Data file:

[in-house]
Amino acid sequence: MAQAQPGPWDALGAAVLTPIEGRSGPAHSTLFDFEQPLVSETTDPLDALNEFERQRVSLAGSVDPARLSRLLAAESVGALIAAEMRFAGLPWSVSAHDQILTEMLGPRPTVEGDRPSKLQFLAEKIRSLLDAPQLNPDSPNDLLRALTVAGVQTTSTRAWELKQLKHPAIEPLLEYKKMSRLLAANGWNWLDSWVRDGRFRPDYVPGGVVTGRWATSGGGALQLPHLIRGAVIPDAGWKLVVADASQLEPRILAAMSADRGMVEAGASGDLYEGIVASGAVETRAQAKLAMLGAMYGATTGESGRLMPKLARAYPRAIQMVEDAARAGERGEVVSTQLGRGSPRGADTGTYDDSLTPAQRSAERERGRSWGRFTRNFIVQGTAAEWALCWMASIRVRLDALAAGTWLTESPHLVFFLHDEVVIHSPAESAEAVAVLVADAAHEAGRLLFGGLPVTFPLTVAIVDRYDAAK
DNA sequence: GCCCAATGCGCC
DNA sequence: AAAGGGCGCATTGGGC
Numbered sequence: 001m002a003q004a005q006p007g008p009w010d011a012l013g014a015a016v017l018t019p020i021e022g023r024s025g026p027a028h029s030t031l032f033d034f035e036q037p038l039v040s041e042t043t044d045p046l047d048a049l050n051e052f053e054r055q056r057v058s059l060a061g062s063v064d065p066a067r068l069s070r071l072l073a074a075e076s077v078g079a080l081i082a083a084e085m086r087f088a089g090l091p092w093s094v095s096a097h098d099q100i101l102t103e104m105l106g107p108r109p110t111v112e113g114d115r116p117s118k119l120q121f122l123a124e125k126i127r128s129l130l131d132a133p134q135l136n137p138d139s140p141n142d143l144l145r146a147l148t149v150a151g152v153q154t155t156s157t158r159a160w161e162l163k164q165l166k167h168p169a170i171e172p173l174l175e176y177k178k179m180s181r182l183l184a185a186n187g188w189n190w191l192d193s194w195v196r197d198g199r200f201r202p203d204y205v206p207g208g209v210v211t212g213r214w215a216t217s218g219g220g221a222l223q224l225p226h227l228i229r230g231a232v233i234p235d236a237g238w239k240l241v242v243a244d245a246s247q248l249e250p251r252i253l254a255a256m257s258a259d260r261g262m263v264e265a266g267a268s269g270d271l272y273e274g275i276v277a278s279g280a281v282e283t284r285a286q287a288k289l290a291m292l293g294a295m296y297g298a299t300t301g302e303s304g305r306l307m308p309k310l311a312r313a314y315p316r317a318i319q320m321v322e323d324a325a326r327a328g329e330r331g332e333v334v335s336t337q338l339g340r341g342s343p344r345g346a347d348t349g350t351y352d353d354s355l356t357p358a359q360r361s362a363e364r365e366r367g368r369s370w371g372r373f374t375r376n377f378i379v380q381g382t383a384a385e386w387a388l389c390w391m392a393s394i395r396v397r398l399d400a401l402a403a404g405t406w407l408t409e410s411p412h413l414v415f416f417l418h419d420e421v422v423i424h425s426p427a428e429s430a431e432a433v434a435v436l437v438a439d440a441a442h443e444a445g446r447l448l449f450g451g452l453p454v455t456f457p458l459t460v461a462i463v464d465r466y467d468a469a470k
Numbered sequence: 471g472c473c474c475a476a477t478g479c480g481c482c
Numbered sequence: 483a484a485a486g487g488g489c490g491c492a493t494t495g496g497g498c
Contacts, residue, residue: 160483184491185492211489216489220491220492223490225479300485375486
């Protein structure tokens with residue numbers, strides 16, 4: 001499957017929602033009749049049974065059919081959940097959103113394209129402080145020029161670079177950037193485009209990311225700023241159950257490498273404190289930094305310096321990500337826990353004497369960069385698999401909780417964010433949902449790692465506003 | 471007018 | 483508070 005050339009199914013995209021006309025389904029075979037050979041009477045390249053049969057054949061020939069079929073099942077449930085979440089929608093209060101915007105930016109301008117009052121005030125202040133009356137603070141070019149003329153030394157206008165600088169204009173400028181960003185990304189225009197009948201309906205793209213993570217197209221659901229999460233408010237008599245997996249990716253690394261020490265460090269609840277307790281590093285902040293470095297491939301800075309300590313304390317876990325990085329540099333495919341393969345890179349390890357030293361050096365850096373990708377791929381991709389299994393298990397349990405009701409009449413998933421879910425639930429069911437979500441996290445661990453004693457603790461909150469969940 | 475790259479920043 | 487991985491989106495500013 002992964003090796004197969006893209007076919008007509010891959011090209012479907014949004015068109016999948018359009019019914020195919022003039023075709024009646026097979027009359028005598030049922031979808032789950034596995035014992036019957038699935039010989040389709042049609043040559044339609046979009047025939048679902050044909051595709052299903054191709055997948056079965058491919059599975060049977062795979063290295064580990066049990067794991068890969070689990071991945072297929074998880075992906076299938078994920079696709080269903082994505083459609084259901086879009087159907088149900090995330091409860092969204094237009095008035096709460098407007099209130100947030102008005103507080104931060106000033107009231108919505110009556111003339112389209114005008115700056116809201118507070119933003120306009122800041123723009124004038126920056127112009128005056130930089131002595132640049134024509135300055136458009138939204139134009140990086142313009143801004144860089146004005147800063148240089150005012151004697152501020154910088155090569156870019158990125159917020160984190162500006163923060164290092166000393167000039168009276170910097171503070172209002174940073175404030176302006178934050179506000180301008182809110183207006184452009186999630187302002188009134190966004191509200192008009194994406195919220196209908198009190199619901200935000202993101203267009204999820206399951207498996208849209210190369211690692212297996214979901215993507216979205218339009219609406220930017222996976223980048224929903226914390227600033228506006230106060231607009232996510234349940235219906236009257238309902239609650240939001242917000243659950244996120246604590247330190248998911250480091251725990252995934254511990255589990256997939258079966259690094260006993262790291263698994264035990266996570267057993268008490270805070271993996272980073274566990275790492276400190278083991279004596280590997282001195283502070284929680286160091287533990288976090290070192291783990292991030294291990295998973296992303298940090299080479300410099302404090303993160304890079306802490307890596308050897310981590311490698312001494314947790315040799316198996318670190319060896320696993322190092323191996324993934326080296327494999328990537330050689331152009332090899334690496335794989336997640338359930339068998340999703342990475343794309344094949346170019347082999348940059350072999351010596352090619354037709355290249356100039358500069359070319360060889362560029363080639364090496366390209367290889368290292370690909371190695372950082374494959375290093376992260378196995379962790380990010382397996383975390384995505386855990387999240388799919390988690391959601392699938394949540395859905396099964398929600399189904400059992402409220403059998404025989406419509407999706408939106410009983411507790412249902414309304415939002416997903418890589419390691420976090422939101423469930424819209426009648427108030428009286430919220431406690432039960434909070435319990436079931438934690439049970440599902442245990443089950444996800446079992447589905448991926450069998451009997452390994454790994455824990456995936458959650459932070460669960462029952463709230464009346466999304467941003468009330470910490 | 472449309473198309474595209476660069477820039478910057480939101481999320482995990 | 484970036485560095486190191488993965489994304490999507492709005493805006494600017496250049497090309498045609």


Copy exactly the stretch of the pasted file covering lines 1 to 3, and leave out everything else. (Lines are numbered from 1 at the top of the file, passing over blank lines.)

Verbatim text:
[in-house]
Amino acid sequence: MAQAQPGPWDALGAAVLTPIEGRSGPAHSTLFDFEQPLVSETTDPLDALNEFERQRVSLAGSVDPARLSRLLAAESVGALIAAEMRFAGLPWSVSAHDQILTEMLGPRPTVEGDRPSKLQFLAEKIRSLLDAPQLNPDSPNDLLRALTVAGVQTTSTRAWELKQLKHPAIEPLLEYKKMSRLLAANGWNWLDSWVRDGRFRPDYVPGGVVTGRWATSGGGALQLPHLIRGAVIPDAGWKLVVADASQLEPRILAAMSADRGMVEAGASGDLYEGIVASGAVETRAQAKLAMLGAMYGATTGESGRLMPKLARAYPRAIQMVEDAARAGERGEVVSTQLGRGSPRGADTGTYDDSLTPAQRSAERERGRSWGRFTRNFIVQGTAAEWALCWMASIRVRLDALAAGTWLTESPHLVFFLHDEVVIHSPAESAEAVAVLVADAAHEAGRLLFGGLPVTFPLTVAIVDRYDAAK
DNA sequence: GCCCAATGCGCC